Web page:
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It’s Not about Lance Armstrong
Mom with a View

It’s Not about Lance Armstrong

Don’t let his doping and lies allow you to become cynical and bitter.


I heard a story once about a Holocaust survivor who moved to Los Angeles and restarted his life. He married, built a successful business, and raised four sons. When his children were young, a man came from Israel collecting money for a chicken farm he was building there. This survivor was very grateful for his recent good fortune and he wanted to give back. He also wanted a piece of the land of Israel. So he made a small donation.

The fundraiser came back year after year and each time the man gave larger sums of money. Finally, when his boys had grown, he decided to take them to Israel to see their investment. Address in hand, they got off the plane and eagerly drove to the spot.

Imagine their dismay when all they saw was empty, ownerless land. When he recovered from his initial shock, this man turned to his boys and gave them some stunning advice. “Let’s make sure that we don’t use our disappointment today to become cynical and bitter. Let’s make sure that, despite this experience, we continue to give tzedaka – and to give it generously.”


I thought of this story as the sordid tale of Lance Armstrong’s doping and lies has been unfolding. It wasn’t his athletic prowess that we respected. It was his (seeming) determination and grit. It was his (supposed) gratitude. It was his (alleged) desire to help others and give back through his Livestrong Foundation. Just the title of his book – It’s Not About the Bike – suggested that he had wisdom and perspective.

Upon discovering that none of it is true, the temptation is to become cynical and bitter. Why believe in anyone or anything? Why believe in ourselves?

We have to work hard not to let the feet of clay of our public idols destroy our belief in mankind’s potential – and in our abilities. We have to be like the man in the story and spin his advice for our personal situations.

Yes, being good is difficult. Yes, temptation is everywhere. Yes, the desire for fame is powerful. But we have the ability to fight it. And there are good people who in fact do; they’re just not being interviewed on Oprah. No studio heads are producing shows about the wise, the kind, the good. They aren’t making newspaper headlines or tweeting about their accomplishments. But they’re there. And we can join their ranks.

The worst possible fallout from this Lance Armstrong debacle would be to lose hope, to give up on ourselves and others. I’m not going to give him that power. Not only is it not about the bike, it’s not about Lance Armstrong!

January 26, 2013

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The opinions expressed in the comment section are the personal views of the commenters. Comments are moderated, so please keep it civil.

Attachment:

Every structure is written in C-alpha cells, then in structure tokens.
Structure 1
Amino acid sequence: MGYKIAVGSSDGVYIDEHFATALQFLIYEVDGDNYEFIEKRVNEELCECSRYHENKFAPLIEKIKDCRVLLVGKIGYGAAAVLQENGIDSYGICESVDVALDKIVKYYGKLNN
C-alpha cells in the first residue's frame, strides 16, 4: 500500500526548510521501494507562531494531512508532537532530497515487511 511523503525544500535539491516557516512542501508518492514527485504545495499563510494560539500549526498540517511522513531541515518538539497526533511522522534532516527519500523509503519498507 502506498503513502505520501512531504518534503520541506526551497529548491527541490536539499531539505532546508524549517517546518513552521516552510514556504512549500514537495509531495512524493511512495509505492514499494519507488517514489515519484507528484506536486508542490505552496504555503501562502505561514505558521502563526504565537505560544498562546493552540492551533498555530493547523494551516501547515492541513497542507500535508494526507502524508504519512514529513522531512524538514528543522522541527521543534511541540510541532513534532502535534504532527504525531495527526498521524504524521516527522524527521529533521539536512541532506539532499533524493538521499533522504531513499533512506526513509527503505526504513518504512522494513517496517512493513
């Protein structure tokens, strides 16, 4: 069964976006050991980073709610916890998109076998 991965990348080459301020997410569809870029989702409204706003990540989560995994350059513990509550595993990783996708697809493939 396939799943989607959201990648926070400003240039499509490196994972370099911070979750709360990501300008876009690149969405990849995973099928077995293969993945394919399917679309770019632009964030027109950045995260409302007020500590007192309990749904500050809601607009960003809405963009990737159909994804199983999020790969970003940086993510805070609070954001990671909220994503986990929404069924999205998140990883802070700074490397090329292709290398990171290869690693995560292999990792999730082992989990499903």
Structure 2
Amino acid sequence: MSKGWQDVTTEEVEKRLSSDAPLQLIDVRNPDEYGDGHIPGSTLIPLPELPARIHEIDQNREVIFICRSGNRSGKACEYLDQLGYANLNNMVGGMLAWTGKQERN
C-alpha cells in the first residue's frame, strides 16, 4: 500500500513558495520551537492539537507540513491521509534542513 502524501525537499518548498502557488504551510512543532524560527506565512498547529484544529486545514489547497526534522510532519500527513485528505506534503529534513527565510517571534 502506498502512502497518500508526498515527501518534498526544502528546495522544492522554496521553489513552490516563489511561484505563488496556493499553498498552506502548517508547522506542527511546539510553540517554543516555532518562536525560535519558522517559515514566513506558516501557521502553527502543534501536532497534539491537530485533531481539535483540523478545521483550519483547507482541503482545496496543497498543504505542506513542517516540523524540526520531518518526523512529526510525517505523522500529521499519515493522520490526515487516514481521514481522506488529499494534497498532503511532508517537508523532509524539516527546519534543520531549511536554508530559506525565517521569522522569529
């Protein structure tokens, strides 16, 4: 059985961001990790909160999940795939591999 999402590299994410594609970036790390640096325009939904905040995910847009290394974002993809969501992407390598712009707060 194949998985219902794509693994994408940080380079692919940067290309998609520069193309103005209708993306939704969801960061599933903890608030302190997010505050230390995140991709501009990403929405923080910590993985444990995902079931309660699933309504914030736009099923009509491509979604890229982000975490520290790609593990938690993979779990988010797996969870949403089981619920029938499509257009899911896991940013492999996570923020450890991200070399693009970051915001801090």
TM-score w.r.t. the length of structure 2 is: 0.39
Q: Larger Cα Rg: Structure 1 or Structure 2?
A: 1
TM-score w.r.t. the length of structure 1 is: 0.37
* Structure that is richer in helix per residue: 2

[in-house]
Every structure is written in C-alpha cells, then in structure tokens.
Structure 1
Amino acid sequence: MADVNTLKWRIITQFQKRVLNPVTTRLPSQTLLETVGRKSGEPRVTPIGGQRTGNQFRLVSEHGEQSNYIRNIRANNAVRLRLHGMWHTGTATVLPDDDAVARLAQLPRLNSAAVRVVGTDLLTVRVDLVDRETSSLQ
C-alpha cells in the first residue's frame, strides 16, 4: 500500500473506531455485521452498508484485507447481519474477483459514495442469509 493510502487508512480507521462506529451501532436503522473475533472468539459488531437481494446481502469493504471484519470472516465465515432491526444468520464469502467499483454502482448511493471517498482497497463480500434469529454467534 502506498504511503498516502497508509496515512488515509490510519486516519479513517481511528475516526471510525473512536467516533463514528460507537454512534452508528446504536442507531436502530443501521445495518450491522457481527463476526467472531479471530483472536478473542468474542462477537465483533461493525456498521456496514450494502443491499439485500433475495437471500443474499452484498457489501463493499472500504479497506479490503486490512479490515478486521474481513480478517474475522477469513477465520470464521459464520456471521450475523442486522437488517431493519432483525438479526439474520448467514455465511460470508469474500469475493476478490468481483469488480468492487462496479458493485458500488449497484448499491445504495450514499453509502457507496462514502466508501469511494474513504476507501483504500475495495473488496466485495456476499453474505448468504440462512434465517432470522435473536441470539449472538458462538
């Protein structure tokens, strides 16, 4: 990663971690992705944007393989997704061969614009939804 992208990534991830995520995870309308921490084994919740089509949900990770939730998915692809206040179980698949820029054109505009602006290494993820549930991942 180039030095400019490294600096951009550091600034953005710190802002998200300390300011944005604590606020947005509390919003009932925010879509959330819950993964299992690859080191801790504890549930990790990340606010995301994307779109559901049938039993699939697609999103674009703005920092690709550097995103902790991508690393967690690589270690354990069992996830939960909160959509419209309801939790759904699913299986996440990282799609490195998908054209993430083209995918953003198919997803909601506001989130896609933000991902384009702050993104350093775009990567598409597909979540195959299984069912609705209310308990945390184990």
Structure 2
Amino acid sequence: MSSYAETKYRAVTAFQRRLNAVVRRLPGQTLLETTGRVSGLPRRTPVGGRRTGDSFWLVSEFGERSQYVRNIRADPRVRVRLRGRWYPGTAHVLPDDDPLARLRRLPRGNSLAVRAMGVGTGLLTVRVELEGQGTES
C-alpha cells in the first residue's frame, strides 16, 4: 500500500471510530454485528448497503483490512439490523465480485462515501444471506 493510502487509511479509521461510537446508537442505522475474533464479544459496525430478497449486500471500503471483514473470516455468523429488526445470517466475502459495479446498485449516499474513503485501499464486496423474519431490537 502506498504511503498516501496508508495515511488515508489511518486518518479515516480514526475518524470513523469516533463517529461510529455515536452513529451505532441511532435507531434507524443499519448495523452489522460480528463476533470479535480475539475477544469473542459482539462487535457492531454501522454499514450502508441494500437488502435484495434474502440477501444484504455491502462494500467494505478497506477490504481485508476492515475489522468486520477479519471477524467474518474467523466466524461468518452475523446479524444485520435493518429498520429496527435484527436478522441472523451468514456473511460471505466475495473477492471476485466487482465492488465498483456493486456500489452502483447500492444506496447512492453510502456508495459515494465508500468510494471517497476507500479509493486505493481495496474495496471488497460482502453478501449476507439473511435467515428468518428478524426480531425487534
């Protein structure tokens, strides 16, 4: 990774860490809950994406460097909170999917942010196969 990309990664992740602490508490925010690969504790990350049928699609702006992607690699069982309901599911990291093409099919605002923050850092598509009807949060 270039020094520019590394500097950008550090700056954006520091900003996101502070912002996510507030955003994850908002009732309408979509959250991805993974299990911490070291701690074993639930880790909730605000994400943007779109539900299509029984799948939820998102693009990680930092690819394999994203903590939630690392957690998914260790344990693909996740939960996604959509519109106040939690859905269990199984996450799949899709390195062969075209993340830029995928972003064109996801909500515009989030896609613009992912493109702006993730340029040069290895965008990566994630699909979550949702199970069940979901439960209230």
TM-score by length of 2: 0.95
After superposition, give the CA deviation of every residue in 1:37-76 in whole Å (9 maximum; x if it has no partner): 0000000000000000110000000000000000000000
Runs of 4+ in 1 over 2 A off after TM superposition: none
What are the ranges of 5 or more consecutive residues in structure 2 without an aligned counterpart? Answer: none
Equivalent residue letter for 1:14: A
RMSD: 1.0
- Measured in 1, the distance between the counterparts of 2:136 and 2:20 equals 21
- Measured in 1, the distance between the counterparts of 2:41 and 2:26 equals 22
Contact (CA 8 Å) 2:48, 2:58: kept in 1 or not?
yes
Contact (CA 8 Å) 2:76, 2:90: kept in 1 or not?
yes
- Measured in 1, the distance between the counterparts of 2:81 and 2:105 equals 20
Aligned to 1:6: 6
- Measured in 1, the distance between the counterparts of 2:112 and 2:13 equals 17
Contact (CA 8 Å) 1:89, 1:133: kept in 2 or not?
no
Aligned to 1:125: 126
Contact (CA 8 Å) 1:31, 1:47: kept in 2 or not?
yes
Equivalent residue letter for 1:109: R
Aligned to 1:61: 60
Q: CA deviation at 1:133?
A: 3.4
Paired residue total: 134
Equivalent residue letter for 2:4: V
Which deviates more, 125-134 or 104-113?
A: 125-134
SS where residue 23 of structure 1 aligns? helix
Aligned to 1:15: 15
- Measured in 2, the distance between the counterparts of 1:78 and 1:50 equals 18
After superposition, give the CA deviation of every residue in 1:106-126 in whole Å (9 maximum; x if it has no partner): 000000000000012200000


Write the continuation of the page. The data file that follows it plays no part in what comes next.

Visitor Comments: 5

(5) Raphaelle Do Lern Hwei, January 30, 2013 5:07 AM

Guard Ourselves From Being Harmed By Others

I really like this article. We must keep ourselves from being cynical and write people off. I believe in encouraging whatever good I see in others. The family who donated generously to finance a start up chicken farm in Israel could see that their money is put into proper use by asking for financial reports (even charitable organisations have to issue financial reports). Lance Armstrong is a dedicated sports cyclist. HIs dependance on performance enhancing drugs should not deter others from taking up cycling (without the drugs of course). Just like the fact that it was an Orthodox Jew that assassinated Israeli Prime Minister Yitshak Rabin should not prevent people from exploring Judaism.

(4) rmr, January 29, 2013 6:29 PM

An American Psychopath

For me, the question is about how to protect yourself from the strongarm of a psychopath who has no feelings or conscience, or remorse, who repeatedly intimidated, threatened and harmed others who tried to be truthful. This is a man who for decades, actively sought to destroy others who opposed doping and disgracing the sport of cycling.

(3) nadima, January 29, 2013 5:34 PM

we must be humbled after we fall

More and more we see people doing negative things and lying about it.Its no more true self in our days,mr amstrong new he was taking enhance medications to be the best in the world,but who am I to judge and condenm him?Now he must accept the concecuences of his actions,learning each day that sport is not about fame and money is about love for doing it ,the rush of running,the mistic of been good of what you are doing..I hope he has a peaceful life for now on ,and at least be grateful to as ll the fans that liked and lived him,teaching childrenthis time the proper ways to win in any sport ,a new philosophy of true honesty in his heart,without the bitterness of lyes.....I pray that he is happy,and forget the pain and public humilliation he received,just be himself thanking God he is alive,well,with2eyes to see and 2strong legs to walk..we must be humbled after we fall from the mountain,get,up,shake,up,and,live.

(2) Anonymous, January 29, 2013 5:14 PM

Eyes on the kernel of truth

Thank you. You raise a very important matter. It's easy to declare that the "idol has feet of clay" and therefore I'm absolved from doing good deeds, giving tzedoka etc. It's essential to remember that no matter the perfidy of others we must each take responsibility for ourselves and out actions.

(1) Barry Allento, January 29, 2013 3:54 PM

Right on

I had been inspired by Lance Armstrong. He was a mantra as I dealt with my cancer; a hope that I too would survive. I was shocked by his deception, and felt betrayed. This article renews my faith, and put in words what I know is important, but hard to accept; that I shouldn't let one person's actions destroy the good that exists. Thank you for this I

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